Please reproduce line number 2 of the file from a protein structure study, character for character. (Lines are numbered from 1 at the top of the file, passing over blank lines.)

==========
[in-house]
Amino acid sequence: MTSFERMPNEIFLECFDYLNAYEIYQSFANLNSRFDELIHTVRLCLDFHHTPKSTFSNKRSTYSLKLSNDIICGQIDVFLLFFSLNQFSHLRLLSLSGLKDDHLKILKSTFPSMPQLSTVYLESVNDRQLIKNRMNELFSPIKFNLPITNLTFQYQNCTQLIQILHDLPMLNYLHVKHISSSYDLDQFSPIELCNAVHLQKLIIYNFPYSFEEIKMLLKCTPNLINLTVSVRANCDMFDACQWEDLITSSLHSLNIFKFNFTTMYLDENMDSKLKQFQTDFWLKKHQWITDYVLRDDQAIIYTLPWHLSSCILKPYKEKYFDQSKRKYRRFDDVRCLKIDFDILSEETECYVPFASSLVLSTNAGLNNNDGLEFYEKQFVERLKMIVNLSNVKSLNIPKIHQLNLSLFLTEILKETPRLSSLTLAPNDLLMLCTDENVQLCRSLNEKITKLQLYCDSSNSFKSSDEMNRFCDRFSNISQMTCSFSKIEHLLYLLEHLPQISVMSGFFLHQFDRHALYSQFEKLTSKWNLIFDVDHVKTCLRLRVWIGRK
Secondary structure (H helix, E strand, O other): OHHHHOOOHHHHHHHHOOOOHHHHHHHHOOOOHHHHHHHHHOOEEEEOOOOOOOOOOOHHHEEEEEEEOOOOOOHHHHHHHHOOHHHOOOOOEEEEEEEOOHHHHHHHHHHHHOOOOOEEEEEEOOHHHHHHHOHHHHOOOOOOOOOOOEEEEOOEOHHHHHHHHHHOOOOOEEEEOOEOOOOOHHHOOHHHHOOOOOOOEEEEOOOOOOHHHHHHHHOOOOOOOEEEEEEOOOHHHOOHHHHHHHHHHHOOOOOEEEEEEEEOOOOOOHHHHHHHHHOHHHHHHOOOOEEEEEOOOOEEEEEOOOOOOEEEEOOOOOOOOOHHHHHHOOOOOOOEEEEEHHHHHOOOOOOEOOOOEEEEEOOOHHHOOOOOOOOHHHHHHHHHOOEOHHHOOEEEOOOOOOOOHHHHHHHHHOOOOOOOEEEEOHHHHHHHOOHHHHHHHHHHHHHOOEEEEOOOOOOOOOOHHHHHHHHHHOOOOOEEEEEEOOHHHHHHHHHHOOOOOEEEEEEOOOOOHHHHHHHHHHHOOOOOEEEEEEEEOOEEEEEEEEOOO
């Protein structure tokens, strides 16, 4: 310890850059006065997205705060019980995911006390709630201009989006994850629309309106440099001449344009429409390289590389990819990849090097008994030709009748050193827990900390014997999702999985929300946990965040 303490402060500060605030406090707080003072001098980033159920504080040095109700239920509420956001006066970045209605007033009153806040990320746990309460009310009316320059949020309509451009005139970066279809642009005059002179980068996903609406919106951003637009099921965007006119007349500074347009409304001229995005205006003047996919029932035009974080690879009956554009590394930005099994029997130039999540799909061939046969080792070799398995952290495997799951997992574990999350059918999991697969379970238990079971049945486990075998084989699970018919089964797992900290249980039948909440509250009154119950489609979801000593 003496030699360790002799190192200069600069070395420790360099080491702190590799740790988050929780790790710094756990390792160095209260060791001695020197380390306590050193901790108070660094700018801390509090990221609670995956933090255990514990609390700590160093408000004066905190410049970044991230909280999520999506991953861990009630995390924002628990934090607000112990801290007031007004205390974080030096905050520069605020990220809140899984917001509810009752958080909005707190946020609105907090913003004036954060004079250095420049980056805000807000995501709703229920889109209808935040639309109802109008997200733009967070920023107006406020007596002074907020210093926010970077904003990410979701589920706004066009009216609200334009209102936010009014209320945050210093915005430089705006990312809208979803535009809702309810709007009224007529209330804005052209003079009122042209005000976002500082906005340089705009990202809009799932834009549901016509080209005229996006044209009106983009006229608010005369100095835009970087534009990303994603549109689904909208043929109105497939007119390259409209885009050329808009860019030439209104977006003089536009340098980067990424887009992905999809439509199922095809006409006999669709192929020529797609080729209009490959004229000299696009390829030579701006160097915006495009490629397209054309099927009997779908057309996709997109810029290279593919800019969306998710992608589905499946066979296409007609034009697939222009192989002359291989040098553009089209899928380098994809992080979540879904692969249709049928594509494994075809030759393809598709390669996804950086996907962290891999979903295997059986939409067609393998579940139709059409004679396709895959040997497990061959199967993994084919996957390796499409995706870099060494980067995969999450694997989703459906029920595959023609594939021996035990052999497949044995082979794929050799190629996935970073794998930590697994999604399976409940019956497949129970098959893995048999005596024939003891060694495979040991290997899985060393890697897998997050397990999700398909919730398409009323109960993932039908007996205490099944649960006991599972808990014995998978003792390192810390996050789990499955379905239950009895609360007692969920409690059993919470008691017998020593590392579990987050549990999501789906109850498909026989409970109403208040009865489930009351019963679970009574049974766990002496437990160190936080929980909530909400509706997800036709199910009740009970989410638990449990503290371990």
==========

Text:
Amino acid sequence: MTSFERMPNEIFLECFDYLNAYEIYQSFANLNSRFDELIHTVRLCLDFHHTPKSTFSNKRSTYSLKLSNDIICGQIDVFLLFFSLNQFSHLRLLSLSGLKDDHLKILKSTFPSMPQLSTVYLESVNDRQLIKNRMNELFSPIKFNLPITNLTFQYQNCTQLIQILHDLPMLNYLHVKHISSSYDLDQFSPIELCNAVHLQKLIIYNFPYSFEEIKMLLKCTPNLINLTVSVRANCDMFDACQWEDLITSSLHSLNIFKFNFTTMYLDENMDSKLKQFQTDFWLKKHQWITDYVLRDDQAIIYTLPWHLSSCILKPYKEKYFDQSKRKYRRFDDVRCLKIDFDILSEETECYVPFASSLVLSTNAGLNNNDGLEFYEKQFVERLKMIVNLSNVKSLNIPKIHQLNLSLFLTEILKETPRLSSLTLAPNDLLMLCTDENVQLCRSLNEKITKLQLYCDSSNSFKSSDEMNRFCDRFSNISQMTCSFSKIEHLLYLLEHLPQISVMSGFFLHQFDRHALYSQFEKLTSKWNLIFDVDHVKTCLRLRVWIGRK